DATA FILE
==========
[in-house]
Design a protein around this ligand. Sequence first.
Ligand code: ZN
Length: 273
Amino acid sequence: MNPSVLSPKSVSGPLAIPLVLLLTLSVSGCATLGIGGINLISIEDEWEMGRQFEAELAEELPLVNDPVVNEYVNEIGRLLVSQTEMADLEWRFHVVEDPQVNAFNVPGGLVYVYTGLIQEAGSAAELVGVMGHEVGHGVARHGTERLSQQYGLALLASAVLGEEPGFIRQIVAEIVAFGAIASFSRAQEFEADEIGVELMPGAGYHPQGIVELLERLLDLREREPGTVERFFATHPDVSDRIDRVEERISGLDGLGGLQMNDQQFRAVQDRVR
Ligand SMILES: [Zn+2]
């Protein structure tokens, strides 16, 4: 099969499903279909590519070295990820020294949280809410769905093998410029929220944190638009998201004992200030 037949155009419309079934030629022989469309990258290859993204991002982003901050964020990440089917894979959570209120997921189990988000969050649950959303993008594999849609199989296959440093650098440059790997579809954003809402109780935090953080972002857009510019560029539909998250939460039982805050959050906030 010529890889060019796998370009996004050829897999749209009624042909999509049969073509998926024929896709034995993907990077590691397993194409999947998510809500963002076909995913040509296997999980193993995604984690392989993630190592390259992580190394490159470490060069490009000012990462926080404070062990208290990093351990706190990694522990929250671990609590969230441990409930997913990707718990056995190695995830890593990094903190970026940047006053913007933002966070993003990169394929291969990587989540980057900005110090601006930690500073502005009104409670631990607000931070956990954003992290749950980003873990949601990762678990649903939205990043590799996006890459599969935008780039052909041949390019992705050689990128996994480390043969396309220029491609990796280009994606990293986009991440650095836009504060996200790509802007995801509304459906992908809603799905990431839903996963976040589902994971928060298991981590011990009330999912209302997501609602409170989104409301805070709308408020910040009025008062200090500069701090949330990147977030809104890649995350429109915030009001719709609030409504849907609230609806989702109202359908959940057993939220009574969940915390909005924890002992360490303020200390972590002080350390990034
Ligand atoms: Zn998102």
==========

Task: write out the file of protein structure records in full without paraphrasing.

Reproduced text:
[in-house]
Design a protein around this ligand. Sequence first.
Ligand code: ZN
Length: 273
Amino acid sequence: MNPSVLSPKSVSGPLAIPLVLLLTLSVSGCATLGIGGINLISIEDEWEMGRQFEAELAEELPLVNDPVVNEYVNEIGRLLVSQTEMADLEWRFHVVEDPQVNAFNVPGGLVYVYTGLIQEAGSAAELVGVMGHEVGHGVARHGTERLSQQYGLALLASAVLGEEPGFIRQIVAEIVAFGAIASFSRAQEFEADEIGVELMPGAGYHPQGIVELLERLLDLREREPGTVERFFATHPDVSDRIDRVEERISGLDGLGGLQMNDQQFRAVQDRVR
Ligand SMILES: [Zn+2]
């Protein structure tokens, strides 16, 4: 099969499903279909590519070295990820020294949280809410769905093998410029929220944190638009998201004992200030 037949155009419309079934030629022989469309990258290859993204991002982003901050964020990440089917894979959570209120997921189990988000969050649950959303993008594999849609199989296959440093650098440059790997579809954003809402109780935090953080972002857009510019560029539909998250939460039982805050959050906030 010529890889060019796998370009996004050829897999749209009624042909999509049969073509998926024929896709034995993907990077590691397993194409999947998510809500963002076909995913040509296997999980193993995604984690392989993630190592390259992580190394490159470490060069490009000012990462926080404070062990208290990093351990706190990694522990929250671990609590969230441990409930997913990707718990056995190695995830890593990094903190970026940047006053913007933002966070993003990169394929291969990587989540980057900005110090601006930690500073502005009104409670631990607000931070956990954003992290749950980003873990949601990762678990649903939205990043590799996006890459599969935008780039052909041949390019992705050689990128996994480390043969396309220029491609990796280009994606990293986009991440650095836009504060996200790509802007995801509304459906992908809603799905990431839903996963976040589902994971928060298991981590011990009330999912209302997501609602409170989104409301805070709308408020910040009025008062200090500069701090949330990147977030809104890649995350429109915030009001719709609030409504849907609230609806989702109202359908959940057993939220009574969940915390909005924890002992360490303020200390972590002080350390990034
Ligand atoms: Zn998102």